This article reviews an emerging waste-to-energy technology that is close to commercial reality. Other developmental WTE technologies that rely on thermal treatment, gasification and pyrolysis, also seem poised for growth in the coming decade, especially in Europe.

Klosky

1997-01-01

334

Beluga Coal Gasification - ISER  

SciTech Connect

ISER was requested to conduct an economic analysis of a possible 'Cook Inlet Syngas Pipeline'. The economic analysis was incorporated as section 7.4 of the larger report titled: 'Beluga Coal Gasification Feasibility Study, DOE/NETL-2006/1248, Phase 2 Final Report, October 2006, for Subtask 41817.333.01.01'. The pipeline would carry CO{sub 2} and N{sub 2}-H{sub 2} from a synthetic gas plant on the western side of Cook Inlet to Agrium's facility. The economic analysis determined that the net present value of the total capital and operating lifecycle costs for the pipeline ranges from $318 to $588 million. The greatest contributor to this spread is the cost of electricity, which ranges from $0.05 to $0.10/kWh in this analysis. The financial analysis shows that the delivery cost of gas may range from $0.33 to $0.55/Mcf in the first year depending primarily on the price for electricity.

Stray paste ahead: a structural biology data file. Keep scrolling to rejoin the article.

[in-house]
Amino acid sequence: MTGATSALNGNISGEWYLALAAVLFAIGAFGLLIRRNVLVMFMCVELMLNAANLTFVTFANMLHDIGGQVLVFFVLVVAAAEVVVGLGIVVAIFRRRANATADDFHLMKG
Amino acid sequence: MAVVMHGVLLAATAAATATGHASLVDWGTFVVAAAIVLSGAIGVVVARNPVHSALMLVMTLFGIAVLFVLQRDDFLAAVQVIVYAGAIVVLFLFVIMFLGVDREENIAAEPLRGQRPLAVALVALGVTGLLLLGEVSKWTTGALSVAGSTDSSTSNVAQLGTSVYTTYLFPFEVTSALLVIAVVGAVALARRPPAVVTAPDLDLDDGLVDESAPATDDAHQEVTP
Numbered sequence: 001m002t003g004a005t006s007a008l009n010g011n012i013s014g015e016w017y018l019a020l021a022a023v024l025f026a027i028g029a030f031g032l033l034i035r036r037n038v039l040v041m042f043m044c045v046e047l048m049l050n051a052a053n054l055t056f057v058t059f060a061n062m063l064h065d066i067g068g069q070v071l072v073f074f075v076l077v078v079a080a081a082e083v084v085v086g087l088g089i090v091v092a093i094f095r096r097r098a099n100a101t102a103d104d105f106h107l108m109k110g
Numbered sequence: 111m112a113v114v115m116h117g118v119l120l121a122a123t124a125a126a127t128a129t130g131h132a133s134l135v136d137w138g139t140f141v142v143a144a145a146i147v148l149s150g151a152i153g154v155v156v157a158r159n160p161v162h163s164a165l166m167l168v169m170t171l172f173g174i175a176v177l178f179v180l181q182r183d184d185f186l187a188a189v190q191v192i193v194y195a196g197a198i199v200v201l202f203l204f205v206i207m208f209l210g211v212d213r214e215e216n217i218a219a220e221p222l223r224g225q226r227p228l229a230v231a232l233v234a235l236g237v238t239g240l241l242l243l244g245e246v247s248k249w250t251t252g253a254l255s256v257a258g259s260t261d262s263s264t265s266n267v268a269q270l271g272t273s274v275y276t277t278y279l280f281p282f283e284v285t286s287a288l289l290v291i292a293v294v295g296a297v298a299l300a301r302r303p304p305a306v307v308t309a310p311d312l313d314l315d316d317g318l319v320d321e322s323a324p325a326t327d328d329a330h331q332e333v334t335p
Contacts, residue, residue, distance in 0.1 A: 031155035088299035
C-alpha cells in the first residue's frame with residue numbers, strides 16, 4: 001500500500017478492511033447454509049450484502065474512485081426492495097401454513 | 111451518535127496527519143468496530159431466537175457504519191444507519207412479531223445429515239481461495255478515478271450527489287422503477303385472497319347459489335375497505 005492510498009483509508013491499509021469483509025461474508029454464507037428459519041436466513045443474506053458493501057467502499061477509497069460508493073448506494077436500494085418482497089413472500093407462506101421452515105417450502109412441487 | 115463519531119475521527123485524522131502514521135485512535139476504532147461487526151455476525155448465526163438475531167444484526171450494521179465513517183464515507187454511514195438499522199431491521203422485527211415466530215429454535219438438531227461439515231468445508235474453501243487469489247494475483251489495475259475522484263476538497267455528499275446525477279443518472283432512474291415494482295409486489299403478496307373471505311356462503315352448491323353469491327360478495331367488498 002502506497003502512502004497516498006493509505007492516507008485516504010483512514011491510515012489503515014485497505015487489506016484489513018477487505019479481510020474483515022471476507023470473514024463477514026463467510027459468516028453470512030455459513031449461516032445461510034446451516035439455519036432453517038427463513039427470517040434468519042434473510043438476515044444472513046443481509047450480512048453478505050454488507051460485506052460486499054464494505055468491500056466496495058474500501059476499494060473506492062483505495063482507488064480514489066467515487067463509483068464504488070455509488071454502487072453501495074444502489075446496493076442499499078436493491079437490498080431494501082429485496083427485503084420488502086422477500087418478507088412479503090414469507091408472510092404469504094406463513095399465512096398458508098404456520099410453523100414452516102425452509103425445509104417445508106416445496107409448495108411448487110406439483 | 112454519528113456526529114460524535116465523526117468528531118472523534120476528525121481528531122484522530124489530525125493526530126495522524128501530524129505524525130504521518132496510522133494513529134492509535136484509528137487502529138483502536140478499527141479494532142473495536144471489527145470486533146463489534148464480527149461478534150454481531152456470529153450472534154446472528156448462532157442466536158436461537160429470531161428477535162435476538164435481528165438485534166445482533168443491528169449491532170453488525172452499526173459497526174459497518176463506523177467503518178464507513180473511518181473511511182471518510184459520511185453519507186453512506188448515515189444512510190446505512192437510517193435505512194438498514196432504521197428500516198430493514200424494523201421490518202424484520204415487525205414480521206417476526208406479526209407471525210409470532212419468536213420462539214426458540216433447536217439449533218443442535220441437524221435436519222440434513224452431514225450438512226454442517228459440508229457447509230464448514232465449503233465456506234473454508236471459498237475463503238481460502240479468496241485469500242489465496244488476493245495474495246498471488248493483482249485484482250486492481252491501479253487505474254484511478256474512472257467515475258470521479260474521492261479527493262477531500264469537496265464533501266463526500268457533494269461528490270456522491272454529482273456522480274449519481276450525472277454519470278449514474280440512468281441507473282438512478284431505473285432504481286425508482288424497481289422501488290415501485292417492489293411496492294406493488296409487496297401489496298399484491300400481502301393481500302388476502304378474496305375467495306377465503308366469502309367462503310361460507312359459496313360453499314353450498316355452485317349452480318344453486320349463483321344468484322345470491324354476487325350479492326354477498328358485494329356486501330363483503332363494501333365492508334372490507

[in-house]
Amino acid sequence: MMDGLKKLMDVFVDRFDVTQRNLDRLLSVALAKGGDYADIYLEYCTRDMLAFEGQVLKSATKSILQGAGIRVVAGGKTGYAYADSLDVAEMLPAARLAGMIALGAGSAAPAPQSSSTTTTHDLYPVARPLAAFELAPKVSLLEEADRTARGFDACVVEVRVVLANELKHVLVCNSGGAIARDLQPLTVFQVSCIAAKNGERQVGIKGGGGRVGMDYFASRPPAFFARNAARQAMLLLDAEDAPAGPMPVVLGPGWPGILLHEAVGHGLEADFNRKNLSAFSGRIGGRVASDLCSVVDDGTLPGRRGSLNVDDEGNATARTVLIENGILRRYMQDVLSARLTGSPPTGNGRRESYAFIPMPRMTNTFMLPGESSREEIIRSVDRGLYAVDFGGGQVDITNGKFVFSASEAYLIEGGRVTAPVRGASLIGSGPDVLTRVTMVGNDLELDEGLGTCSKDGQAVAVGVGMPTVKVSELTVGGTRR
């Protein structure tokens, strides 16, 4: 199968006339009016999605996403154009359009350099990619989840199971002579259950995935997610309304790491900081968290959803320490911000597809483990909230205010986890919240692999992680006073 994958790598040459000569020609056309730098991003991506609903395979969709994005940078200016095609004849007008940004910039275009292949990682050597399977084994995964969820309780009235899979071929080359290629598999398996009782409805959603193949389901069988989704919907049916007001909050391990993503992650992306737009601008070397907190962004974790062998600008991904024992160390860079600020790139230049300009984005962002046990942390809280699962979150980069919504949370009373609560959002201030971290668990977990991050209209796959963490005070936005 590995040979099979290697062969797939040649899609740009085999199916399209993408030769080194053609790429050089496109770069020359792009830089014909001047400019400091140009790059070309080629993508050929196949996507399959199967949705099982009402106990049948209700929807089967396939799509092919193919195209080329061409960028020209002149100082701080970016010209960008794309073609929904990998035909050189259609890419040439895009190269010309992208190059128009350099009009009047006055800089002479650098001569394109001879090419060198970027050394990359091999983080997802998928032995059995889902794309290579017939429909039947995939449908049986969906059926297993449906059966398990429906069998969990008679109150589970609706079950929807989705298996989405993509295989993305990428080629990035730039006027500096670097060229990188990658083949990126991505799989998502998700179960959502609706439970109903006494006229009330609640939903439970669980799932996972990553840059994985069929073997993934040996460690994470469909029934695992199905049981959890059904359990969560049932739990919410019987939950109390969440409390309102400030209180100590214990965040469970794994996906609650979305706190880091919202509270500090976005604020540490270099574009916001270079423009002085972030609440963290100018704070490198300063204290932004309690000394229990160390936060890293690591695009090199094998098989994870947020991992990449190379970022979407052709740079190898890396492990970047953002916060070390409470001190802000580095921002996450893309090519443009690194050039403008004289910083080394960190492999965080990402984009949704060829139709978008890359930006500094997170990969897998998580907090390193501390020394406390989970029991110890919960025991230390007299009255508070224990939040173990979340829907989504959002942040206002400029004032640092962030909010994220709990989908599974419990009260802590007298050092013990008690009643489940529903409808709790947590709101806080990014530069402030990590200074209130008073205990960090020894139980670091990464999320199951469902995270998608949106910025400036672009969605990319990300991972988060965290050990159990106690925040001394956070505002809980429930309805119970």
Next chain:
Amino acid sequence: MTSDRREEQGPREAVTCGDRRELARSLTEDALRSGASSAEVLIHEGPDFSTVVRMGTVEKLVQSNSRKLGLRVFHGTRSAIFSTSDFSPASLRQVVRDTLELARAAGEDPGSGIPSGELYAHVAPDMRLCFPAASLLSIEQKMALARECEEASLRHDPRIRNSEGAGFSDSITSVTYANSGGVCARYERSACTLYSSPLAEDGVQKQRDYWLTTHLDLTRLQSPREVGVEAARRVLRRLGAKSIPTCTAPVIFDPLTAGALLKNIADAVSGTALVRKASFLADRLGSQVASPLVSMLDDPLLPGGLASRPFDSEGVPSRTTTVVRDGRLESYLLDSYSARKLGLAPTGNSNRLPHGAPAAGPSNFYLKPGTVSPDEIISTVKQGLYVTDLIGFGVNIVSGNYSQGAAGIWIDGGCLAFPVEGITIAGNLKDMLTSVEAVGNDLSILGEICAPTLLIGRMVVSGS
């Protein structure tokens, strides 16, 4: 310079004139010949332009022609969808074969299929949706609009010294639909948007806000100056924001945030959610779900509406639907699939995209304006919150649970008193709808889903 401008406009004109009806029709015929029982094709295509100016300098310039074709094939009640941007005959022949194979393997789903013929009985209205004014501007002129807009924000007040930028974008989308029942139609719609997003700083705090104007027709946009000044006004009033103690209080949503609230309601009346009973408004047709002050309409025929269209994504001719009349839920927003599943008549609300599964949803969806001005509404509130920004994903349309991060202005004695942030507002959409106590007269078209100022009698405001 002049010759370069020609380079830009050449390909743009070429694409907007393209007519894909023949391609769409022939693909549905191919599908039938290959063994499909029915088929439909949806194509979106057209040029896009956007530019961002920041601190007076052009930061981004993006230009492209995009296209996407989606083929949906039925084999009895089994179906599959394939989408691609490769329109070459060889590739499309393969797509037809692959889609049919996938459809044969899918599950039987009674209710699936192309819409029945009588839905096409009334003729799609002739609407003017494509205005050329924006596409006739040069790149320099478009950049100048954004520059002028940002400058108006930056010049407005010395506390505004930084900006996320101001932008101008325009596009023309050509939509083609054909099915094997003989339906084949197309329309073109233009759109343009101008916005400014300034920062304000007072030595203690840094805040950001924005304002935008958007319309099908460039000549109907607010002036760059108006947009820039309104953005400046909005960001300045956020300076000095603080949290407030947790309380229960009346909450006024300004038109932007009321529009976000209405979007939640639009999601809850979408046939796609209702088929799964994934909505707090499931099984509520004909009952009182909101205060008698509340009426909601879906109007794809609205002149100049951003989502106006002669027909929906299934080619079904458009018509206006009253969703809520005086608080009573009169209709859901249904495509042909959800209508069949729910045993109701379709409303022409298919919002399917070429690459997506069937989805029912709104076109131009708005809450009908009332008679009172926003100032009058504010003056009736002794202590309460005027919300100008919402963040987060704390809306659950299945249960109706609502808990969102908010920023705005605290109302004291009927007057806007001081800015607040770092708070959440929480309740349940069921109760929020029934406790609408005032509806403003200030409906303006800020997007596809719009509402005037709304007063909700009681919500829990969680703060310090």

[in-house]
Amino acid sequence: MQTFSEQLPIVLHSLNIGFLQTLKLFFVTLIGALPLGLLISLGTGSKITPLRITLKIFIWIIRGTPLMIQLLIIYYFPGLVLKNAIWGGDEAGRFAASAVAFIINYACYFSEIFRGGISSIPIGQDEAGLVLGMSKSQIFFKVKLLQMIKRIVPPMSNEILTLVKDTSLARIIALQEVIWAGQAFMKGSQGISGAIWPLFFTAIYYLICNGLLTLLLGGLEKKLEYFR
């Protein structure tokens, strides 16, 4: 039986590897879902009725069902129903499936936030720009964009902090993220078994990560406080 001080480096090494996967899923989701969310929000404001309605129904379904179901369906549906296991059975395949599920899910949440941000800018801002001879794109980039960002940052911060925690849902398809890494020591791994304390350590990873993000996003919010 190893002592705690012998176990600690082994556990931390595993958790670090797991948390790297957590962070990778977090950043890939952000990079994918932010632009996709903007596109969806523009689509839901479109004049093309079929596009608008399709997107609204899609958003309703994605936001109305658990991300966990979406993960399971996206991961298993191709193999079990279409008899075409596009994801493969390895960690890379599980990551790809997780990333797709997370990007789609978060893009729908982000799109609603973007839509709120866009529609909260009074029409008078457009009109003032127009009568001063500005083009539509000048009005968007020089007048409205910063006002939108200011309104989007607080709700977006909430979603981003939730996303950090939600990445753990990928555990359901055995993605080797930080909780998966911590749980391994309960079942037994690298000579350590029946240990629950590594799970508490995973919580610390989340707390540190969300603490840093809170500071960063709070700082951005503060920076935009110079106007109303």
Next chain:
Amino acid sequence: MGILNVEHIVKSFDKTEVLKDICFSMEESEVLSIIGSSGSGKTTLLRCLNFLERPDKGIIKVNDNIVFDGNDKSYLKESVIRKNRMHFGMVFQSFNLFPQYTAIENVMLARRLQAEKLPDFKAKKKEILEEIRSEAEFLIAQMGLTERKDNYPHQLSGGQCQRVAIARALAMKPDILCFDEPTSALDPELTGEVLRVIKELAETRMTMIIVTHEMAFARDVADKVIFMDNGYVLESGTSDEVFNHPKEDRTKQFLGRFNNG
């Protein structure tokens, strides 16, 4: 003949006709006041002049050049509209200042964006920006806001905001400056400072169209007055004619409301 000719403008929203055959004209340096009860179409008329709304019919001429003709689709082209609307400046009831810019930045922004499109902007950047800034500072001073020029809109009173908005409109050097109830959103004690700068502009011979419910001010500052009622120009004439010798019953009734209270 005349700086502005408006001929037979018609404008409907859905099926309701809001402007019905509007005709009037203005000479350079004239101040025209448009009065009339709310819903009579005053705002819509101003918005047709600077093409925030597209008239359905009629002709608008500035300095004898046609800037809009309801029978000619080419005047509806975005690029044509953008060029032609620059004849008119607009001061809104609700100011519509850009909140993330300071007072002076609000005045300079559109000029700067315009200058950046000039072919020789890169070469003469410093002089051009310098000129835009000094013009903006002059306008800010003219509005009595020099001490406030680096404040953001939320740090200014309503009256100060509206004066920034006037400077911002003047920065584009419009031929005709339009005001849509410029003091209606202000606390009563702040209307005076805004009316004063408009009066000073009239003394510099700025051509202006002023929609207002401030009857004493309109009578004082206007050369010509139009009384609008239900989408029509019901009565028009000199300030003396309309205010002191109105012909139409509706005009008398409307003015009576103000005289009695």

Steve Colt

2008-12-31

335

Environmental benefits of underground coal gasification.  

PubMed

Environmental benefits of underground coal gasification are evaluated. The results showed that through underground coal gasification, gangue discharge is eliminated, sulfur emission is reduced, and the amount of ash, mercury, and tar discharge are decreased. Moreover, effect of underground gasification on underground water is analyzed and CO2 disposal method is put forward. PMID:12046301

Liu, Shu-qin; Liu, Jun-hua; Yu, Li

2002-04-01

336

Gasification Plant Cost and Performance Optimization  

Microsoft Academic Search

As part of an ongoing effort of the U.S. Department of Energy (DOE) to investigate the feasibility of gasification on a broader level, Nexant, Inc. was contracted to perform a comprehensive study to provide a set of gasification alternatives for consideration by the DOE. Nexant completed the first two tasks (Tasks 1 and 2) of the ''Gasification Plant Cost and

Samuel Tam; Alan Nizamoff; Sheldon Kramer; Scott Olson; Francis Lau; Mike Roberts; David Stopek; Robert Zabransky; Jeffrey Hoffmann; Erik Shuster; Nelson Zhan

2005-01-01

337

Coal gasification for advanced power generation  

Microsoft Academic Search